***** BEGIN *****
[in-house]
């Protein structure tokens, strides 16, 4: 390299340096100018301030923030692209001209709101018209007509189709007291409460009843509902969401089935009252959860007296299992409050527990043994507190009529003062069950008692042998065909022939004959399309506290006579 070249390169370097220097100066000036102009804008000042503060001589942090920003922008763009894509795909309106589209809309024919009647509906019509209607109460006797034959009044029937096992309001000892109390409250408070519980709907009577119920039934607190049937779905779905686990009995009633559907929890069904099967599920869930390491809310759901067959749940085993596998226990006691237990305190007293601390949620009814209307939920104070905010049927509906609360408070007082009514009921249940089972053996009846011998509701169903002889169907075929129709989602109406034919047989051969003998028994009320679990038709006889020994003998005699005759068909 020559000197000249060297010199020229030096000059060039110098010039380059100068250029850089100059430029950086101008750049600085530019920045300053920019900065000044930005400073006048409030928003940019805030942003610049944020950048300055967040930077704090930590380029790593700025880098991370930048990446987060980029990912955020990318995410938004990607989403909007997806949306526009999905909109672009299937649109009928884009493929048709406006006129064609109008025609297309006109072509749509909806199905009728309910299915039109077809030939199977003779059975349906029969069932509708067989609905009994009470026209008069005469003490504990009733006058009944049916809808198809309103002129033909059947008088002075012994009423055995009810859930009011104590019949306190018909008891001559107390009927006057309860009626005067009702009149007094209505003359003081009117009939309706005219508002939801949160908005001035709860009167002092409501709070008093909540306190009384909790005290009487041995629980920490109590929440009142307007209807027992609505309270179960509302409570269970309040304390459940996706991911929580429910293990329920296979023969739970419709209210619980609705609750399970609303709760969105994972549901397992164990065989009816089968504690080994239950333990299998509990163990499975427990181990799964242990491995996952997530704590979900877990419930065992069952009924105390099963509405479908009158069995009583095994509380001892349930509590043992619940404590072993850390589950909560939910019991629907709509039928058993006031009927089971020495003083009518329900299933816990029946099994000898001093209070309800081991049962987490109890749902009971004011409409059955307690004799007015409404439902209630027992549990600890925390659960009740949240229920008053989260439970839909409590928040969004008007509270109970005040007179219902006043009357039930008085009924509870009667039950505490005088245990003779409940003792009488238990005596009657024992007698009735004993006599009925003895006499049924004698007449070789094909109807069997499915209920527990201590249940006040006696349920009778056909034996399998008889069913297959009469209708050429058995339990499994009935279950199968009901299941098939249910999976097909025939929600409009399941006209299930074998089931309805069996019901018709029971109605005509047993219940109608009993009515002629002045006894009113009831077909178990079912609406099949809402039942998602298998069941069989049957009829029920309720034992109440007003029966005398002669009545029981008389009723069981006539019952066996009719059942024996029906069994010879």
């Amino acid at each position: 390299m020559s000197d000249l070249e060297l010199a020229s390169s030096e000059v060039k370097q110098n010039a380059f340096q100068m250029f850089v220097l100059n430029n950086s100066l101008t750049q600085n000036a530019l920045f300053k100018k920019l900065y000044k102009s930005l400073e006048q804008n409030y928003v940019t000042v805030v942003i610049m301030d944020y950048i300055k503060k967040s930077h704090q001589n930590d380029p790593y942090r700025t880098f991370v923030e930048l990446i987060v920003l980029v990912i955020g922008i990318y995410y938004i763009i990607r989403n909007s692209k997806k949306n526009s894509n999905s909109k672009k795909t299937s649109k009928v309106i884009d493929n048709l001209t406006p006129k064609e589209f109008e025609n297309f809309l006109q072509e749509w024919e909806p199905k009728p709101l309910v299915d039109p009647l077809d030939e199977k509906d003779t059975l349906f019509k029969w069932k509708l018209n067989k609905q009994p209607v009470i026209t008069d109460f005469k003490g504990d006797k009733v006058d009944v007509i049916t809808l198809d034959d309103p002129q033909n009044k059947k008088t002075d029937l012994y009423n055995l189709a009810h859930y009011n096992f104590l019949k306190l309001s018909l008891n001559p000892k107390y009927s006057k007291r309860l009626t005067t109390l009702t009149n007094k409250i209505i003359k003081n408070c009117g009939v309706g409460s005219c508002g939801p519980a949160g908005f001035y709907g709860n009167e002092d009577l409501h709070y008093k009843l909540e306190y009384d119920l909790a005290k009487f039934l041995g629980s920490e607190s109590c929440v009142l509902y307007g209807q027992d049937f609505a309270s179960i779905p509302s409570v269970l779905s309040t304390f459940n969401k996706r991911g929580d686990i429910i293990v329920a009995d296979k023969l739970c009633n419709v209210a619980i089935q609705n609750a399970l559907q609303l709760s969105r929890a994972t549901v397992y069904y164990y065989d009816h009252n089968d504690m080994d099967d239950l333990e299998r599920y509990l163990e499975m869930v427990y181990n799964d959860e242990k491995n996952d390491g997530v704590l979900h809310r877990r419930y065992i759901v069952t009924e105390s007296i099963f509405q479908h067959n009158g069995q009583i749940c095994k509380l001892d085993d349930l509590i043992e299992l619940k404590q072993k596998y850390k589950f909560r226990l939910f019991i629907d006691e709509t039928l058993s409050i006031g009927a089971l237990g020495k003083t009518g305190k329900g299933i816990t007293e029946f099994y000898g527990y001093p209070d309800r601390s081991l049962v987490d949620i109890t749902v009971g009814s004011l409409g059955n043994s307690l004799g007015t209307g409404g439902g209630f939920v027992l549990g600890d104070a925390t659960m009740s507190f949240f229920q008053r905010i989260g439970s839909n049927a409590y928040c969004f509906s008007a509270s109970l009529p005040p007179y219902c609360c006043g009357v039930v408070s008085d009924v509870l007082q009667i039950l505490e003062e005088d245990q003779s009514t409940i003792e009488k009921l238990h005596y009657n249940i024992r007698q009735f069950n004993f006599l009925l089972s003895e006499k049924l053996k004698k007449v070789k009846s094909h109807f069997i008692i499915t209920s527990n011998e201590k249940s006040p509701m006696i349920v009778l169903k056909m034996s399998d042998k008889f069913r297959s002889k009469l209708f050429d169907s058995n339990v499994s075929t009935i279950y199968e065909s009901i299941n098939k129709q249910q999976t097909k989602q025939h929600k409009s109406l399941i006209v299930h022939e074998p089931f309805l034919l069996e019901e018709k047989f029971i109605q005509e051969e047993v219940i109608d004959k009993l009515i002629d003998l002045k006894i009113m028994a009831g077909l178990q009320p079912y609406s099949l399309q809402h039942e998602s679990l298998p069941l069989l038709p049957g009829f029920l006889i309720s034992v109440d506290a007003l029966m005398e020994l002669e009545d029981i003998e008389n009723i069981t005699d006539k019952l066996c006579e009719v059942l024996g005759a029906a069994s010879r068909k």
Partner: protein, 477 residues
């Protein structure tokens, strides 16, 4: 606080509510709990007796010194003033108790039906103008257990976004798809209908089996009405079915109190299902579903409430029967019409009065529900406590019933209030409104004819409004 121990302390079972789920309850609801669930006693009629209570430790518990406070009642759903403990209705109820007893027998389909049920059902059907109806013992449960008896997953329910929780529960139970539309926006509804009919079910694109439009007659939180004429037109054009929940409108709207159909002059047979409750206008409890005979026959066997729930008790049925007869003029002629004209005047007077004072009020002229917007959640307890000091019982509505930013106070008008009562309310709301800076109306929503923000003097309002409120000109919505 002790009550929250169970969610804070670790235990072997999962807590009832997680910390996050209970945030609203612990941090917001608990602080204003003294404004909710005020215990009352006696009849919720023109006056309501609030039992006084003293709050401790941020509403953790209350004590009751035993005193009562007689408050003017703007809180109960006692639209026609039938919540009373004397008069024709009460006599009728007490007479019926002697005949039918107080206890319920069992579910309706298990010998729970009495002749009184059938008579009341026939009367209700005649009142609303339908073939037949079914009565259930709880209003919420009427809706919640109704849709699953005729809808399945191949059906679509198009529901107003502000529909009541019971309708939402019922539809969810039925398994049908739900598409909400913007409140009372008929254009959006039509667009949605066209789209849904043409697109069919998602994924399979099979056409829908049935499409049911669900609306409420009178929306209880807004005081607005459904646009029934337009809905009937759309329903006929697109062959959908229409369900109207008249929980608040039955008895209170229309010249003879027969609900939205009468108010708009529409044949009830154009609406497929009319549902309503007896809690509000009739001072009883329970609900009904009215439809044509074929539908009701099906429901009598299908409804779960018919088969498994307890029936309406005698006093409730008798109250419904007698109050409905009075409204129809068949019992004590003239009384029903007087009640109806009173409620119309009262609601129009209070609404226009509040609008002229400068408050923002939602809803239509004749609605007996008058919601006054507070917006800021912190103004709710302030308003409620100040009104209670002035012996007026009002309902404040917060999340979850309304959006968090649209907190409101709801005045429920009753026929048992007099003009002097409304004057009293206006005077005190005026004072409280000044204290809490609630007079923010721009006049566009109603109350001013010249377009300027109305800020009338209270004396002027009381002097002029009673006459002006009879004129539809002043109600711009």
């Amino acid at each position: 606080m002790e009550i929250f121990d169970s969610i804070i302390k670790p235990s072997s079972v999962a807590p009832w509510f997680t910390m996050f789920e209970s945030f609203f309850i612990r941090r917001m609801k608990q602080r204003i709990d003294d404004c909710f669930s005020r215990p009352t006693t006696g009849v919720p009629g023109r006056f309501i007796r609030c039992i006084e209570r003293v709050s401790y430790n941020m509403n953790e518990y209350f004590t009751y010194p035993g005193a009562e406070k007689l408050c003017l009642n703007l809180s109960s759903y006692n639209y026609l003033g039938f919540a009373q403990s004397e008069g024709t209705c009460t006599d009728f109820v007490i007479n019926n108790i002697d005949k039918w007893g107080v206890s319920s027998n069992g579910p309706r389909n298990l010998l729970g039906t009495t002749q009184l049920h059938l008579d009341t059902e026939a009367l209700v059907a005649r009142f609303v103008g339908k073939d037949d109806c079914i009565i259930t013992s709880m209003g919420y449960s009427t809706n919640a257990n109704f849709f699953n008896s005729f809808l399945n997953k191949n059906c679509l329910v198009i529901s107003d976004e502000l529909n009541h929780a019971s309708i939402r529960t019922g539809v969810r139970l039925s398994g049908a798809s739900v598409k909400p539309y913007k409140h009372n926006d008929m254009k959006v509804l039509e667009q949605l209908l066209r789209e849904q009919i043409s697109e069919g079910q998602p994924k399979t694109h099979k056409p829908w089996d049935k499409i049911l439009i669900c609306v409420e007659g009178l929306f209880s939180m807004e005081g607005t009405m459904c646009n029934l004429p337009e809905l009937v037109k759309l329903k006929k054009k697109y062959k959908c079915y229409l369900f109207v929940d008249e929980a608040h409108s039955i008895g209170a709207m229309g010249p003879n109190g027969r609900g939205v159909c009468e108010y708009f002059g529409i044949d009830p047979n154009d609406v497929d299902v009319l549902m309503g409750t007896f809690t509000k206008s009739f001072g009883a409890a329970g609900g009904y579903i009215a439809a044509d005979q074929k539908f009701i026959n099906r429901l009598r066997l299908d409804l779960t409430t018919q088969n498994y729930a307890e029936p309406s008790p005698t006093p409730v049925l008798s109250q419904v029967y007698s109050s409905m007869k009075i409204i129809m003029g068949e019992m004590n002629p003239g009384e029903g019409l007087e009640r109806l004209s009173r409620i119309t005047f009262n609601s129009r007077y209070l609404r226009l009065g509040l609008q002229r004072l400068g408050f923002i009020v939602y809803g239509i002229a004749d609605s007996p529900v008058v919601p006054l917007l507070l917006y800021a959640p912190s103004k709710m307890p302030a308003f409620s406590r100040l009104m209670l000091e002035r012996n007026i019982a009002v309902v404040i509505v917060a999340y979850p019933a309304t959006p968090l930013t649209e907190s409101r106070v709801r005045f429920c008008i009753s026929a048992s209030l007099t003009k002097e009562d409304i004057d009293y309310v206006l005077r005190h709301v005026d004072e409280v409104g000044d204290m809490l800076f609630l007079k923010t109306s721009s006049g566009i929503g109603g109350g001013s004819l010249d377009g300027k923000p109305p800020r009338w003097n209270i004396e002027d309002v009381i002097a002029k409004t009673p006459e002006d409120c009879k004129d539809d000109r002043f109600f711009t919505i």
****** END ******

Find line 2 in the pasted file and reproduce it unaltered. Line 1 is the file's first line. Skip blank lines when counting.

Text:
């Protein structure tokens, strides 16, 4: 390299340096100018301030923030692209001209709101018209007509189709007291409460009843509902969401089935009252959860007296299992409050527990043994507190009529003062069950008692042998065909022939004959399309506290006579 070249390169370097220097100066000036102009804008000042503060001589942090920003922008763009894509795909309106589209809309024919009647509906019509209607109460006797034959009044029937096992309001000892109390409250408070519980709907009577119920039934607190049937779905779905686990009995009633559907929890069904099967599920869930390491809310759901067959749940085993596998226990006691237990305190007293601390949620009814209307939920104070905010049927509906609360408070007082009514009921249940089972053996009846011998509701169903002889169907075929129709989602109406034919047989051969003998028994009320679990038709006889020994003998005699005759068909 020559000197000249060297010199020229030096000059060039110098010039380059100068250029850089100059430029950086101008750049600085530019920045300053920019900065000044930005400073006048409030928003940019805030942003610049944020950048300055967040930077704090930590380029790593700025880098991370930048990446987060980029990912955020990318995410938004990607989403909007997806949306526009999905909109672009299937649109009928884009493929048709406006006129064609109008025609297309006109072509749509909806199905009728309910299915039109077809030939199977003779059975349906029969069932509708067989609905009994009470026209008069005469003490504990009733006058009944049916809808198809309103002129033909059947008088002075012994009423055995009810859930009011104590019949306190018909008891001559107390009927006057309860009626005067009702009149007094209505003359003081009117009939309706005219508002939801949160908005001035709860009167002092409501709070008093909540306190009384909790005290009487041995629980920490109590929440009142307007209807027992609505309270179960509302409570269970309040304390459940996706991911929580429910293990329920296979023969739970419709209210619980609705609750399970609303709760969105994972549901397992164990065989009816089968504690080994239950333990299998509990163990499975427990181990799964242990491995996952997530704590979900877990419930065992069952009924105390099963509405479908009158069995009583095994509380001892349930509590043992619940404590072993850390589950909560939910019991629907709509039928058993006031009927089971020495003083009518329900299933816990029946099994000898001093209070309800081991049962987490109890749902009971004011409409059955307690004799007015409404439902209630027992549990600890925390659960009740949240229920008053989260439970839909409590928040969004008007509270109970005040007179219902006043009357039930008085009924509870009667039950505490005088245990003779409940003792009488238990005596009657024992007698009735004993006599009925003895006499049924004698007449070789094909109807069997499915209920527990201590249940006040006696349920009778056909034996399998008889069913297959009469209708050429058995339990499994009935279950199968009901299941098939249910999976097909025939929600409009399941006209299930074998089931309805069996019901018709029971109605005509047993219940109608009993009515002629002045006894009113009831077909178990079912609406099949809402039942998602298998069941069989049957009829029920309720034992109440007003029966005398002669009545029981008389009723069981006539019952066996009719059942024996029906069994010879």